Some drugs are good
I won’t beat around the bush, I’ll get straight to the point. Every time I diagnose a patient with clinical anxiety or depression, I recommend medication as the first step of treatment after which I ask them if they have any questions regarding the medication. Invariably, I get asked if they will get ‘addicted’ to the medication.
Let us first understand what addiction is.
Addiction, or as we clinically like to call it, disorders of substance abuse is characterised by a number of behavioural, physical and thought disorders along with changes in the brain circuits and neurochemistry which occur on taking specific substances.
A specific neurochemical called dopamine is present in many areas of the brain. The release of dopamine in the midbrain is responsible for that feeling of happy high. Under normal circumstances, during any pleasurable activity, dopamine is released in pulses leading to a sense of joy and bliss.
Substances of abuse, release of large amounts of dopamine at a time giving a sense of high and then a sudden drop.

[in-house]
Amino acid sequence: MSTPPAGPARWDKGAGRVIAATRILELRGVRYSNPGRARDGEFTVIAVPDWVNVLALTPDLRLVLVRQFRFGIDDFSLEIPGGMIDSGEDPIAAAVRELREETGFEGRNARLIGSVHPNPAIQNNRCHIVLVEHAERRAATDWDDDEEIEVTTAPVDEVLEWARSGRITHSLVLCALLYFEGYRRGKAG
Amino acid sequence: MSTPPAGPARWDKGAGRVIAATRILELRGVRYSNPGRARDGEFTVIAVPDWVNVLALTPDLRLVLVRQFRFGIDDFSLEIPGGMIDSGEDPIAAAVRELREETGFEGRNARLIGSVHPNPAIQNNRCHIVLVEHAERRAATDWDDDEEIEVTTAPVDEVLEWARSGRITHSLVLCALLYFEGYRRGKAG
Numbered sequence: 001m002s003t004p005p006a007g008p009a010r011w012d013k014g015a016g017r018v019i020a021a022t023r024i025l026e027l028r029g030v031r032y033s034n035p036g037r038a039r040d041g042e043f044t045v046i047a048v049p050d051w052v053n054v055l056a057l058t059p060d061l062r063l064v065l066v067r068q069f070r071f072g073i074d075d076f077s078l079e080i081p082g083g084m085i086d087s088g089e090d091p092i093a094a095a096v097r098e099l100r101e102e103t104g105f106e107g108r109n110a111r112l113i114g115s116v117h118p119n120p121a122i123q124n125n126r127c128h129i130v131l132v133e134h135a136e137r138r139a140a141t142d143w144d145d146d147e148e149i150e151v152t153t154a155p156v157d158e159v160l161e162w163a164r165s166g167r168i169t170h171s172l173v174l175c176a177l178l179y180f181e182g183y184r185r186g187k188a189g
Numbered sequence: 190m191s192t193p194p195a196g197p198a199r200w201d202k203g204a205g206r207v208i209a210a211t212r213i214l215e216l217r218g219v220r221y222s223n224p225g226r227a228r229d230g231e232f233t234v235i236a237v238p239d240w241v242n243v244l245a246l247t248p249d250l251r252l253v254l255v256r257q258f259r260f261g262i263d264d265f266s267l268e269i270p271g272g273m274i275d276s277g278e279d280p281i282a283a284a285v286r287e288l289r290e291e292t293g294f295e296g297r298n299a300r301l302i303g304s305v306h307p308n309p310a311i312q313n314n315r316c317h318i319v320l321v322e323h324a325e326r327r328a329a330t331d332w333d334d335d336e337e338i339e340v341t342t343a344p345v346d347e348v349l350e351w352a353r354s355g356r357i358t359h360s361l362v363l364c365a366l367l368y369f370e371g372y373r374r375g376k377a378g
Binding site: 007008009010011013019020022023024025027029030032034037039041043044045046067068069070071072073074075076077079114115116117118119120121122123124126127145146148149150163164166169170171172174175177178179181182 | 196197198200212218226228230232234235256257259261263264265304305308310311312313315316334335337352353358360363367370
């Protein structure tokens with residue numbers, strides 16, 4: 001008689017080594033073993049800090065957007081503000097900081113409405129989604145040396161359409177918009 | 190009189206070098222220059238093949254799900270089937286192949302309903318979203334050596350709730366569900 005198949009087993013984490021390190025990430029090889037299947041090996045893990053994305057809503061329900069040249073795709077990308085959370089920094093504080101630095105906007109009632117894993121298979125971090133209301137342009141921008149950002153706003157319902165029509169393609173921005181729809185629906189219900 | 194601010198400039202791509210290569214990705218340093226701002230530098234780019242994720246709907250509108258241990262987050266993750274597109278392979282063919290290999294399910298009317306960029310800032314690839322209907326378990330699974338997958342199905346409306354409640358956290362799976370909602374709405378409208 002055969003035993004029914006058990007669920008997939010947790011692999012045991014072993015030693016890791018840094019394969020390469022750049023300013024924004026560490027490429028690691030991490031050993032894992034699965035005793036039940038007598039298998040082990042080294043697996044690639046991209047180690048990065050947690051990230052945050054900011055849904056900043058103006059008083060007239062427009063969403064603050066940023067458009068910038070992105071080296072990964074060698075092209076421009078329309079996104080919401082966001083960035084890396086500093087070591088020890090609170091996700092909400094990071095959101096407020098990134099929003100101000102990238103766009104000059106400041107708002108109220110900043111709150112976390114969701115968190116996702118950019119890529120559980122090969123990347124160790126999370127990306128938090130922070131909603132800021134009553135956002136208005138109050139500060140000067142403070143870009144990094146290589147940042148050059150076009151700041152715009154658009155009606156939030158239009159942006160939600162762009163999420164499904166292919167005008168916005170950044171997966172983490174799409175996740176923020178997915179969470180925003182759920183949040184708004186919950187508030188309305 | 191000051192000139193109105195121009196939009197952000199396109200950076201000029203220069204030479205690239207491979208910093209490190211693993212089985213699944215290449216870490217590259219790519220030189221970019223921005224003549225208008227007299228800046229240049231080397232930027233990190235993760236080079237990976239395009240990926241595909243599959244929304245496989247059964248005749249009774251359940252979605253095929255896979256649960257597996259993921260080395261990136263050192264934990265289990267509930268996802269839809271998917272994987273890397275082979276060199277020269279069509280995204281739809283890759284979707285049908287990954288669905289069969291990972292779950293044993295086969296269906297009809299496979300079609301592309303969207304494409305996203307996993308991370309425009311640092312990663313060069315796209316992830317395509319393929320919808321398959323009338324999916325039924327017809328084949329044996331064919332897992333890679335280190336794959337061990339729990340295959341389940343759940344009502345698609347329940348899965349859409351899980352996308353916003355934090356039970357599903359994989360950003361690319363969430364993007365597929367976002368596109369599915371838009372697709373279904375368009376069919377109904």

This extreme high followed by the extreme low is what leads to a craving for more drug. Also, with time, the receptors of dopamine become desensitised to the large amount of dopamine, no longer giving the same sense of high. So the amount of drug required to produce the same high goes on increasing.
Behaviourally, this is seen as-
- Craving for more and more drug.
- A progressive increase in the amount of drug consumed to produce the same effect.
- Physical / psychological withdrawal symptoms when the drug is not consumed.
- Denial that there is a drug problem.
- Unsuccessful attempts to cut down the drug use.
- A large amount of time is spent on obtaining the drug.
- Problems at work, in social relationships and overall functioning as a result of the drug.
- Continued use of the drug in spite of these problems.
As against this, symptoms of depression and anxiety are generally related to a deficiency in another neurochemical, serotonin, in certain areas of the brain. Drugs of abuse do not correct dopamine deficiency but instead release large amounts of it in a way that is not required.
But imbalance in serotonin produces symptoms like anxiety, panic, persistent sadness, loss of interests, changes in sleep, changes in appetite, negative ideas, suicidal thoughts, to name a few.
Antidepressant and anxiolytic medications act by producing and normalising serotonin in the brain so that the brain gets the amount it needs to function normally.
So, to answer the question, no, you won’t get ‘addicted’ to your medication.